Gov. Andrew M. Cuomo on Wednesday ordered Northrop Grumman and the U.S. Navy to give the state and a local water district access to monitoring wells that track groundwater plumes flowing from a former Bethpage manufacturing site.
The contamination has moved more than 3 miles south of Bethpage, and for decades the state, nearby water districts, the Navy and Northrop Grumman have wrangled over how to clean up the toxins spreading through the aquifer. The contaminants have been traced to military manufacturing operations conducted by the two dating back to the 1940s.
“There have been too many questions about the extent of contamination caused by this plume and residents are frustrated with the lack of answers from the Navy and Northrop Grumman,” Cuomo said in a news release. “This action will allow us to develop an action plan to ensure that the health and safety of this community is protected.”VideoState to test wells monitoring toxic plume in Nassau
The Navy and Northrop Grumman did not respond Wednesday to specific questions about Cuomo’s order.
The executive action came two days after Sen. Chuck Schumer (D-N.Y.) held a news conference about the plumes, calling the Navy’s and Northrop Grumman’s earlier responses a stalling tactic.
In November, the Massapequa Water District had asked for access to five to seven wells to perform a type of analysis that could essentially fingerprint the contamination, with a focus on the carcinogenic solvent trichloroethylene.
Navy and Northrop Grumman officials, in December and earlier this month, said sampling at more wells would give a better picture of contamination. They also had questions about the science behind the testing.
Under Cuomo’s order, the state Department of Environmental Conservation will conduct its own water-sample testing in Massapequa. The timing of that was not clear Wednesday.
Cuomo’s office and the DEC did not respond to questions about the order.
Schumer on Wednesday praised the state “for stepping up to the plate and delivering just the kind of real information and access to test wells that the Navy and Northrop Grumman had been stonewalling the districts on.”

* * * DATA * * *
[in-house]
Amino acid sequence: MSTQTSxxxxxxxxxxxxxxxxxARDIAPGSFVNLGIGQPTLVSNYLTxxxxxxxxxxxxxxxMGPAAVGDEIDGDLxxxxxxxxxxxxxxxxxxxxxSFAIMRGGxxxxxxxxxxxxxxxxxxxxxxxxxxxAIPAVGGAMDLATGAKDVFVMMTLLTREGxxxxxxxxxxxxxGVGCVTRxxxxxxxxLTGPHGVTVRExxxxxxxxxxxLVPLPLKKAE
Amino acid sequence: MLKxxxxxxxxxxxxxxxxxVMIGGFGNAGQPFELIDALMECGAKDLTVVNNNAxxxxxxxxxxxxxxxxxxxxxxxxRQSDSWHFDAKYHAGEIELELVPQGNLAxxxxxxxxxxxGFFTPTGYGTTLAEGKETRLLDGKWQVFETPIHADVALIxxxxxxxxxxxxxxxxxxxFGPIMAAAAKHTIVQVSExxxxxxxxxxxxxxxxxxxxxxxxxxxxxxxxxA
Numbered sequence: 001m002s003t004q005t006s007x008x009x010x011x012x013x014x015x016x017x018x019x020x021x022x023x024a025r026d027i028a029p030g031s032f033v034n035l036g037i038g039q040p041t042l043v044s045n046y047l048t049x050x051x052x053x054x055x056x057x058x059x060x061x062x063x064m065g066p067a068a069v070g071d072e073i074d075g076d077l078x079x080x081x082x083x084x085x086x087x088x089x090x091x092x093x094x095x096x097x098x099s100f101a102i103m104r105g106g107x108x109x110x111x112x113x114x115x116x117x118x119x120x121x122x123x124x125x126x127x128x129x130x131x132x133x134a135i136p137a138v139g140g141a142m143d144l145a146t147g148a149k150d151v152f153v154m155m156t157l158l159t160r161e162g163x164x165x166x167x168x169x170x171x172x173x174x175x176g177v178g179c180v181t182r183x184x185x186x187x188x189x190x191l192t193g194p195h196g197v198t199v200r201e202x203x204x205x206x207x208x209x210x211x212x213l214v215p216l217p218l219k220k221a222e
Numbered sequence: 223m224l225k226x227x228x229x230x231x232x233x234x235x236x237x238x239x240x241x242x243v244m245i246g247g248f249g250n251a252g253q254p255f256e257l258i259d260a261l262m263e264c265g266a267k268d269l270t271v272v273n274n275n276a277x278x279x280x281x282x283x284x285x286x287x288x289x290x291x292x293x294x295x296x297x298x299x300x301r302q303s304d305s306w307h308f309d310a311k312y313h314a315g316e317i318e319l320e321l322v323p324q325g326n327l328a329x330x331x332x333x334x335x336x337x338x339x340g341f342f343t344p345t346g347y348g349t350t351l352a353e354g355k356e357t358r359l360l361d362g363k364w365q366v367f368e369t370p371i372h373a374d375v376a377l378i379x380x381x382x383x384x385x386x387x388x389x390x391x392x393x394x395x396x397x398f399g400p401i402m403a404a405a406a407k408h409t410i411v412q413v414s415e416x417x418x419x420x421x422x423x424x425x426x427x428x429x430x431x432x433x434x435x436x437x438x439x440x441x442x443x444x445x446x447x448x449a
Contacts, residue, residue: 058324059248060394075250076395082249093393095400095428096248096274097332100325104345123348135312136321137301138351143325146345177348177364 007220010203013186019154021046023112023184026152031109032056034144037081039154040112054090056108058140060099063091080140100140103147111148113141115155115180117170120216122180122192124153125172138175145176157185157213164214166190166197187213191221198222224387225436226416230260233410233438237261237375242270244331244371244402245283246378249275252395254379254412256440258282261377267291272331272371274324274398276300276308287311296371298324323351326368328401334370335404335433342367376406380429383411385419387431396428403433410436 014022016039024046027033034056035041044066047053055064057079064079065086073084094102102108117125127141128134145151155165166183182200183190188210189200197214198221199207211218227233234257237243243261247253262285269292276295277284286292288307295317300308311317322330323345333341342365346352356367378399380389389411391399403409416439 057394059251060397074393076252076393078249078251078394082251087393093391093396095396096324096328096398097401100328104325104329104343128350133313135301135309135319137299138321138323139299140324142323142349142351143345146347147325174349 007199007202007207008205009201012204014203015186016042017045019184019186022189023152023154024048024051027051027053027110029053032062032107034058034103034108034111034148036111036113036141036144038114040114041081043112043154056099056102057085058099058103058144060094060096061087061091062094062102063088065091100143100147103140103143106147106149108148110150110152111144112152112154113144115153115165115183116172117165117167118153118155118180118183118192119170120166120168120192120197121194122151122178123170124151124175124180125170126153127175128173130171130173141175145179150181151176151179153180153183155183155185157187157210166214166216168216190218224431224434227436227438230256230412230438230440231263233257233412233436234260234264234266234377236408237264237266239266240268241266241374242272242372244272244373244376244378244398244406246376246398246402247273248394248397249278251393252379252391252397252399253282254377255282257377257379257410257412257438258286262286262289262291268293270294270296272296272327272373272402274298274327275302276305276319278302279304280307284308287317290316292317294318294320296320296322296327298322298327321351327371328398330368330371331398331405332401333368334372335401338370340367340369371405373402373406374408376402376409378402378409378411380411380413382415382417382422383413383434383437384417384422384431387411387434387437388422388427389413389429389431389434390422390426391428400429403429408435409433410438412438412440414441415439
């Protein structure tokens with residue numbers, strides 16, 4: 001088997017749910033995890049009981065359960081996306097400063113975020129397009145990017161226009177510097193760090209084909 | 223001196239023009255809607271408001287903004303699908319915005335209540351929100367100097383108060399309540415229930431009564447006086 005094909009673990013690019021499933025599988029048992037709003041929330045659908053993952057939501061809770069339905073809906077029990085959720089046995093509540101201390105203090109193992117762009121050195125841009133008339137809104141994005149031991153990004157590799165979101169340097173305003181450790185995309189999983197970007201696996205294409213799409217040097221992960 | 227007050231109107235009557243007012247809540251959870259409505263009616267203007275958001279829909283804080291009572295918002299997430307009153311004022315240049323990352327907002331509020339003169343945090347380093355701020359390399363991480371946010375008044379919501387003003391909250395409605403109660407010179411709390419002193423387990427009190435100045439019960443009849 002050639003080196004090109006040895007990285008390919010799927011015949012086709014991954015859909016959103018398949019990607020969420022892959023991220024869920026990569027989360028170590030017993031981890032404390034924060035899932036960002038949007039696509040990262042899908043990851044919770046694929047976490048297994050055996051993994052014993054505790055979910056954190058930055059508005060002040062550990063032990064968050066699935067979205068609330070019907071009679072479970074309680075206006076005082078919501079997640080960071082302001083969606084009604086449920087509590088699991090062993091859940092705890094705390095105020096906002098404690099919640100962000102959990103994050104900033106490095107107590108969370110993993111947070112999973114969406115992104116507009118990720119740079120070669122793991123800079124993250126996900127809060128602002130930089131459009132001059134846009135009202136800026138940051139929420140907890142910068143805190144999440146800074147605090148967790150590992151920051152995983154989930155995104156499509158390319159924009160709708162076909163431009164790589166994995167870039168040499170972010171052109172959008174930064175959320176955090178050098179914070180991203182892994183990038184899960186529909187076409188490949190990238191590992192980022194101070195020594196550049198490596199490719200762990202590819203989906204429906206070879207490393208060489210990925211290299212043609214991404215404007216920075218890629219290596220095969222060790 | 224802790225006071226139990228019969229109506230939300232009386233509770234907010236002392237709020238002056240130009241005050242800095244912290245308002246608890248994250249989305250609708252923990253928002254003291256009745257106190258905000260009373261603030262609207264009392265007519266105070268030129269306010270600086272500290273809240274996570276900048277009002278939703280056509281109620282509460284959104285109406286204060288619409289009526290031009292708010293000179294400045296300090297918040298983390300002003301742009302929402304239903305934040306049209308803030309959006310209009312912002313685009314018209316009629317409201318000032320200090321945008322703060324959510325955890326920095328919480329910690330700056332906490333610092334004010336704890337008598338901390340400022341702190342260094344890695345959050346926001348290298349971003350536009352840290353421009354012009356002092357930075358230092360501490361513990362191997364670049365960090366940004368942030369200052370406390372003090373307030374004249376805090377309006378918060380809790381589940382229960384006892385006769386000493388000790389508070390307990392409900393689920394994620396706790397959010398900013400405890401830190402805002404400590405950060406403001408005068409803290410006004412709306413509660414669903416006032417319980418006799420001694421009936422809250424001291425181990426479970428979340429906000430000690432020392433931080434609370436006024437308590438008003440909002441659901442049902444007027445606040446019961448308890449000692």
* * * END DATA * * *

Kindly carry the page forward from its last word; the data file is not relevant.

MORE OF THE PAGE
DEC will collect and test samples at six monitoring wells, using a technique called compound specific isotope analysis to identify the composition of a contaminant. In addition, Massapequa will be allowed to do its own analysis.
Additional testing also could be required.
The sites formerly used by the Navy and what now is Northrop Grumman were added to the state Superfund program in the 1980s and have been subject to several cleanup plans.
Water officials and local politicians say the plumes put drinking water supplies of 250,000 people at risk. Ongoing treatment is in place for some affected water supplies in Bethpage, South Farmingdale and Levittown, though districts have complained that handling of the cleanup has been slow.
“If this is a means to an end and it gets Massapequa information soon, then that’s a good thing,” said Richard Humann, president and CEO of H2M architects + engineers, which represents water districts. “The water suppliers can use all the help they can get.”
Wells in Massapequa have not been hit by the contamination, but it inches closer each day. The district wants to see if a correlation exists between what is found where the plume began and what is showing up farther away in monitoring wells, water district superintendent Stan Carey said.
“We are pleased that the governor intervened and invoked his executive authority,” Carey said. “We’re looking forward to getting this done and analyzing the results.”
The state typically uses test results supplied by polluters, if those responsible are known, but New York does have the right to do its own sampling, said Manhattan attorney Lawrence Schnapf, who specializes in environmental law.
“The state superfund law does provide authority for DEC to come onto property to collect samples,” Schnapf said. “This happens more often when an impacted property owner refuses to allow access, but is not unprecedented.”